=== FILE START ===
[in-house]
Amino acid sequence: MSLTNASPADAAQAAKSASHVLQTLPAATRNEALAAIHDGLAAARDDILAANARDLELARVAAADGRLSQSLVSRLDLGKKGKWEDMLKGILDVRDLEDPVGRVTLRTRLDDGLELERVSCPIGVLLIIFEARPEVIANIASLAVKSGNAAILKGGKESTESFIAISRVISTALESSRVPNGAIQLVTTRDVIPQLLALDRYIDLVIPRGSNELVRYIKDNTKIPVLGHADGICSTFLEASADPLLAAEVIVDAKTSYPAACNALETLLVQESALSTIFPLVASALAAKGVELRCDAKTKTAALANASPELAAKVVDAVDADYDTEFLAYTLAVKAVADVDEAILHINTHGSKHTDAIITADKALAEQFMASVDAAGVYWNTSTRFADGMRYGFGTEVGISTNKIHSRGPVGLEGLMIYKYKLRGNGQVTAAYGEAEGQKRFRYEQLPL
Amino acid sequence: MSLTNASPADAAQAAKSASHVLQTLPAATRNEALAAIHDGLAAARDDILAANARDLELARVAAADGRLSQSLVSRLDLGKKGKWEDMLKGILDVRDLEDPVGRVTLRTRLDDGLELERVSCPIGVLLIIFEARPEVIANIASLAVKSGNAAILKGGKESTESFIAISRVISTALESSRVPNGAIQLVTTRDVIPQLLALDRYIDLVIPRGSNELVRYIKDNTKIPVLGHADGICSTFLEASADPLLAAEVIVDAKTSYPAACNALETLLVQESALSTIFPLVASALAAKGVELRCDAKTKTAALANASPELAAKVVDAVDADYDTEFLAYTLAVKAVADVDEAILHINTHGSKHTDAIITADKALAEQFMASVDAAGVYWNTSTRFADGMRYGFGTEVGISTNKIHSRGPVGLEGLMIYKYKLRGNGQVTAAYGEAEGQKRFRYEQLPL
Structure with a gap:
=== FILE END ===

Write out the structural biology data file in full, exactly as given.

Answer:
[in-house]
Amino acid sequence: MSLTNASPADAAQAAKSASHVLQTLPAATRNEALAAIHDGLAAARDDILAANARDLELARVAAADGRLSQSLVSRLDLGKKGKWEDMLKGILDVRDLEDPVGRVTLRTRLDDGLELERVSCPIGVLLIIFEARPEVIANIASLAVKSGNAAILKGGKESTESFIAISRVISTALESSRVPNGAIQLVTTRDVIPQLLALDRYIDLVIPRGSNELVRYIKDNTKIPVLGHADGICSTFLEASADPLLAAEVIVDAKTSYPAACNALETLLVQESALSTIFPLVASALAAKGVELRCDAKTKTAALANASPELAAKVVDAVDADYDTEFLAYTLAVKAVADVDEAILHINTHGSKHTDAIITADKALAEQFMASVDAAGVYWNTSTRFADGMRYGFGTEVGISTNKIHSRGPVGLEGLMIYKYKLRGNGQVTAAYGEAEGQKRFRYEQLPL
Amino acid sequence: MSLTNASPADAAQAAKSASHVLQTLPAATRNEALAAIHDGLAAARDDILAANARDLELARVAAADGRLSQSLVSRLDLGKKGKWEDMLKGILDVRDLEDPVGRVTLRTRLDDGLELERVSCPIGVLLIIFEARPEVIANIASLAVKSGNAAILKGGKESTESFIAISRVISTALESSRVPNGAIQLVTTRDVIPQLLALDRYIDLVIPRGSNELVRYIKDNTKIPVLGHADGICSTFLEASADPLLAAEVIVDAKTSYPAACNALETLLVQESALSTIFPLVASALAAKGVELRCDAKTKTAALANASPELAAKVVDAVDADYDTEFLAYTLAVKAVADVDEAILHINTHGSKHTDAIITADKALAEQFMASVDAAGVYWNTSTRFADGMRYGFGTEVGISTNKIHSRGPVGLEGLMIYKYKLRGNGQVTAAYGEAEGQKRFRYEQLPL
Structure with a gap: